Morning Report: Existing Home Sales hit a 10 year high 4/21/17

Vital Statistics:

Last Change
S&P Futures 2355.0 3.0
Eurostoxx Index 378.8 0.7
Oil (WTI) 50.6 -0.1
US dollar index 89.8  
10 Year Govt Bond Yield 2.23%
Current Coupon Fannie Mae TBA 102.97
Current Coupon Ginnie Mae TBA 104
30 Year Fixed Rate Mortgage 3.98

Stocks are up this morning on no real news. Bonds and MBS are flat.

Existing Home Sales rose to their fastest pace in 10 years, according to the NAR. Existing Home Sales increased at a 5.79 million annual rate, which was the fastest since January 2007. Lawrence Yun, Chief Economist of NAR said: The early returns so far this spring buying season look very promising as a rising number of households dipped their toes into the market and were successfully able to close on a home last month,” he said. “Although finding available properties to buy continues to be a strenuous task for many buyers, there was enough of a monthly increase in listings in March for sales to muster a strong gain. Sales will go up as long as inventory does.” The median existing home sale price was $236,400, up 6.8% from a year ago. Inventory increased, however it remains at about 3.8 months’ worth. Days on market dropped to 34, a huge decrease from a year ago, when it was in the mid-high 40s. Inventory remains the biggest problem as homebuilders have yet to pump out the required supply to meet demand.

More Millennials (ages 18-34) live with their parents than with a spouse. Of course we have seen a general trend of waiting until later in life to get married and have kids, so this is somewhat just the extension of a trend. How many of these young adults would like to move out of their parent’s home but find rents / house prices too expensive?

The next big issue for the bond market (and markets in general) is the debt ceiling debate. The government will run out of money by the end of the month, although it can play some accounting games to keep the lights on until a new CR is passed. If not, we could see a partial government shutdown on April 29. It appears that Trump will need some Democrats to pass a CR, and they are demanding that funds be appropriated to shore up the Obamacare exchanges. Trump wants more money for a wall, immigration enforcement and defense spending, which the Democrats oppose. So far, the markets view this as so much theater, but we will see how far the brinkmanship goes.

Delinquencies have hit an 11 year low, according to Black Knight Financial Services. Total non-current inventory (30 days down +) is at 2.3 million. Prepay speeds increased however, as rates fell. Foreclosure starts ticked up slightly MOM, but are down 18% YOY.

Why the exurbs are the new high growth area, and what that means for urban living (and politics). Technology is lowering the cost of transportation (basically lowering the cost of distance), and more manufacturing does not need to be near the big cities, and it looks like the exurbs will take up the slack. This has enormous implications for politics, as Democrats dominate the cities and Republicans dominate the suburbs.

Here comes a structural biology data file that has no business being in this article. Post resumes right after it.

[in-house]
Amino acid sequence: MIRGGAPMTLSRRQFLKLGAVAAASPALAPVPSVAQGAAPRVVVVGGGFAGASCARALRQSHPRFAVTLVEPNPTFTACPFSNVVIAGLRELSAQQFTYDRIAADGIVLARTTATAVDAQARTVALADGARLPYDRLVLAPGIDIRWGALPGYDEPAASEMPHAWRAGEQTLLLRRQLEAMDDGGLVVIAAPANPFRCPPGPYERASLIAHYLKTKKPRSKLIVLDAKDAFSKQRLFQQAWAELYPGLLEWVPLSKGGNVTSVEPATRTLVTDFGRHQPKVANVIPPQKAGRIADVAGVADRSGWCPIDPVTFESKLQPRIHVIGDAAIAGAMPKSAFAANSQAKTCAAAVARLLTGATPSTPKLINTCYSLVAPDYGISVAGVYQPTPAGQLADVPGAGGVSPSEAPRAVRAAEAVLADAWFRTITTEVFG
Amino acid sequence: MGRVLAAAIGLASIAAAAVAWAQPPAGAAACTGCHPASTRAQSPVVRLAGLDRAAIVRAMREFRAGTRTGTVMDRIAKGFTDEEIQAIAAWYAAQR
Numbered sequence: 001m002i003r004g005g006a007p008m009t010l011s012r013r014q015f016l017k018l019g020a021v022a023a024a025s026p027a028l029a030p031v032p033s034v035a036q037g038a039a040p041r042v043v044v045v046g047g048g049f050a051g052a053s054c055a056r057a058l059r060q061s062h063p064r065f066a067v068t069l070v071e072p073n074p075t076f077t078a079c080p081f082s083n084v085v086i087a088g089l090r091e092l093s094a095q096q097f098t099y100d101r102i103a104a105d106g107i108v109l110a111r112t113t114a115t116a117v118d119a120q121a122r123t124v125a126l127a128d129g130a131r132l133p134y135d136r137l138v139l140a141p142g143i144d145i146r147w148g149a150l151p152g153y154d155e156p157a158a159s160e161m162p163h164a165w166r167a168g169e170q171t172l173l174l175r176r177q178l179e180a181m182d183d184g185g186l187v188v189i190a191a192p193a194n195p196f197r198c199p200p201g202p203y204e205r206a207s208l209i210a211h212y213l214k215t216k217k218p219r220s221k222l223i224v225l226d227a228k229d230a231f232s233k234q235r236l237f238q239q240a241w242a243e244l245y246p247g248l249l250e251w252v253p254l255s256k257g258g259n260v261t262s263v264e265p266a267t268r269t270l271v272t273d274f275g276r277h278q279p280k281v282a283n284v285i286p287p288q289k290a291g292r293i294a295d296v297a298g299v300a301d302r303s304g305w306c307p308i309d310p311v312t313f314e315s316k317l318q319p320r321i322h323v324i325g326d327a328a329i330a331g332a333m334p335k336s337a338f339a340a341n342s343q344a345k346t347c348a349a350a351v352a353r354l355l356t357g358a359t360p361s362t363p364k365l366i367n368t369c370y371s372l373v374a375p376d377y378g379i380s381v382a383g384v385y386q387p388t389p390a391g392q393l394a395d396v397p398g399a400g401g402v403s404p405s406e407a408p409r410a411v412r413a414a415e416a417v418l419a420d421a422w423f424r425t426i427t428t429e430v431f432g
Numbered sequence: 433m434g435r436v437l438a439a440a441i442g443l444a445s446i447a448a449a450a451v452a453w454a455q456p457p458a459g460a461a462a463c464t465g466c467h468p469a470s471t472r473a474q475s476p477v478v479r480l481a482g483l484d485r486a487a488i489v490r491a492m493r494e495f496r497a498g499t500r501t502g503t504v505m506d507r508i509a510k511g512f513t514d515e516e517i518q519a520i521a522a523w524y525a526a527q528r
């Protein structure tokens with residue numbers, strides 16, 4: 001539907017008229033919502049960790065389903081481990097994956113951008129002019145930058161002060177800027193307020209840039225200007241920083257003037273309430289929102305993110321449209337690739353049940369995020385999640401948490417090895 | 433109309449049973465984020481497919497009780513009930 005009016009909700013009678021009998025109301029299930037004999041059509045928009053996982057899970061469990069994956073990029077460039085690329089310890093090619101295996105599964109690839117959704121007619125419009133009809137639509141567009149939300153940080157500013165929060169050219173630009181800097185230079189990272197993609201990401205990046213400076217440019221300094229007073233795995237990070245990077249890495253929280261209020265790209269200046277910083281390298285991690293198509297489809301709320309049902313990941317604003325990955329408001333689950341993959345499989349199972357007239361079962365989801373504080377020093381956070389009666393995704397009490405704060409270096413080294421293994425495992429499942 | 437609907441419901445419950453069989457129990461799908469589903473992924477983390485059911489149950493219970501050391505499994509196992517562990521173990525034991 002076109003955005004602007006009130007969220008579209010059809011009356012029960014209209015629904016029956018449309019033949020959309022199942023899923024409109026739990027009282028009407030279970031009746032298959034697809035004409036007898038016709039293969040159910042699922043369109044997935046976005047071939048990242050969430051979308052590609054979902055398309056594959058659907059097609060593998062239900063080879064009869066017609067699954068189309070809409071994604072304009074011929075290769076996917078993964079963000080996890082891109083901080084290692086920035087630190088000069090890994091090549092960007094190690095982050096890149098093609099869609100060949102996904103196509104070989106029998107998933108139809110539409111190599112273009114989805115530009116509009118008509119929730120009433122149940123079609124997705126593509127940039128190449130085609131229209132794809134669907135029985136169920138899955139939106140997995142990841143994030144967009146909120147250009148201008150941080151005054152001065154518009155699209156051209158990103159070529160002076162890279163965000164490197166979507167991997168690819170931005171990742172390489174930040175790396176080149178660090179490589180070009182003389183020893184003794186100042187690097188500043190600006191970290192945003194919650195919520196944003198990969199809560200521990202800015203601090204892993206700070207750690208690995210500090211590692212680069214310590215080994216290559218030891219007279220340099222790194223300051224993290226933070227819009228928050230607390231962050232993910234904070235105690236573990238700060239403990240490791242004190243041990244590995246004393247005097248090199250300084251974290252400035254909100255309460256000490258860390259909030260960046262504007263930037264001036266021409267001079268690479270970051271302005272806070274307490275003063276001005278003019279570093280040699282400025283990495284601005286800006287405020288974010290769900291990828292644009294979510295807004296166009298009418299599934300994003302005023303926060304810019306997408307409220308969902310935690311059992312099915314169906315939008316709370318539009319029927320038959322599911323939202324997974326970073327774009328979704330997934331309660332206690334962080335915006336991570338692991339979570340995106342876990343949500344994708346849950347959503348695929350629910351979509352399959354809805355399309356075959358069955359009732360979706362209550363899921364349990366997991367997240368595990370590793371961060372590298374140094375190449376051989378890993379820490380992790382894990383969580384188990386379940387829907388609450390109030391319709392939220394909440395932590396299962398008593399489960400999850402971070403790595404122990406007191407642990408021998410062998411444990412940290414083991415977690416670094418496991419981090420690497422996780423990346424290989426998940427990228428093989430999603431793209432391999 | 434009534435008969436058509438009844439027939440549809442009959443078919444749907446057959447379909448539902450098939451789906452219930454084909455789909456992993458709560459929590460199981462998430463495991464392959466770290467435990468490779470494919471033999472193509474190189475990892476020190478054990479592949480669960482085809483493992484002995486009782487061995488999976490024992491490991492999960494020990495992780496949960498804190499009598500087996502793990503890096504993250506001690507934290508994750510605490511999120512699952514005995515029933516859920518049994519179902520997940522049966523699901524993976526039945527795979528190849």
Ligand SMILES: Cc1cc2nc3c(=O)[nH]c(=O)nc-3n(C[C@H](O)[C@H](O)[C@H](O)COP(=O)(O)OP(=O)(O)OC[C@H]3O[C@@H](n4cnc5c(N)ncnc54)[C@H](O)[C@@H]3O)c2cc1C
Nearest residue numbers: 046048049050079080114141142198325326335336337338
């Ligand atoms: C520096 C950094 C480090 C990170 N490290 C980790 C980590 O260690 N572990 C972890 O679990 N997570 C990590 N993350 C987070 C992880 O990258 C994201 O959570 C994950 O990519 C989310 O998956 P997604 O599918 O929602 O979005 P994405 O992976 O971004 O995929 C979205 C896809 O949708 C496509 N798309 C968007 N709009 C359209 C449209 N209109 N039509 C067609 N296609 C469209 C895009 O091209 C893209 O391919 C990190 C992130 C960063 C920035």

More problems for Backwards Newco. North Carolina is prohibiting them from acquiring new servicing until it fixes defects in how it handles escrow accounts. Separately, the CFPB is going after them as well. The stock was down over 50% yesterday on about 20x normal volume.

Legendary macro trader Paul Tudor Jones is sending a warning about the stock market. You are seeing more and more strategists fretting about valuations as the Trump reflation trade deflates. If the stock market takes a swoon, that will not be lost on the Fed. Yet another reason why we may have seen the highs for mortgage rates and the 10 year already.

That said, Treasury Secretary Steve Mnuchin says the Administration is “pretty close” to bringing major tax reform. It will probably be an end-of-year event, as the previous August deadline is not going to happen. The Administration has a narrow window to get things done, as politicians will turn to the 2018 midterms soon after the new year.

27 Responses

  1. The left continues on their mission to re-define hate speech as anything democrats disagree with:

    http://www.washingtonexaminer.com/howard-dean-ann-coulters-hate-speech-is-not-protected-by-the-first-amendment/article/2620863

    Like

    • Brent:

      The left continues on their mission to re-define hate speech as anything democrats disagree with:

      Isn’t that what it has always meant? Apart from speaking ironically or in an attempt to point out the hypocrisy of the left, does anyone who is not on the left ever complain about or label anything as “hate speech”?

      Like

    • David Brooks is right:

      “These days, the whole idea of Western civ is assumed to be reactionary and oppressive. All I can say is, if you think that was reactionary and oppressive, wait until you get a load of the world that comes after it.”

      https://www.nytimes.com/2017/04/21/opinion/the-crisis-of-western-civ.html

      Liked by 1 person

  2. Good Scott Adams piece on climate science messaging:

    “I remind new readers of this blog that I’m not a climate science denier. The consensus of climate scientists might be totally right, but I have no practical way to know. My point here, and in past posts, is that you can’t sell a truth by packaging it to look exactly like a huge lie. And those complicated climate prediction models look exactly like lies we have seen before, albeit in unrelated fields.”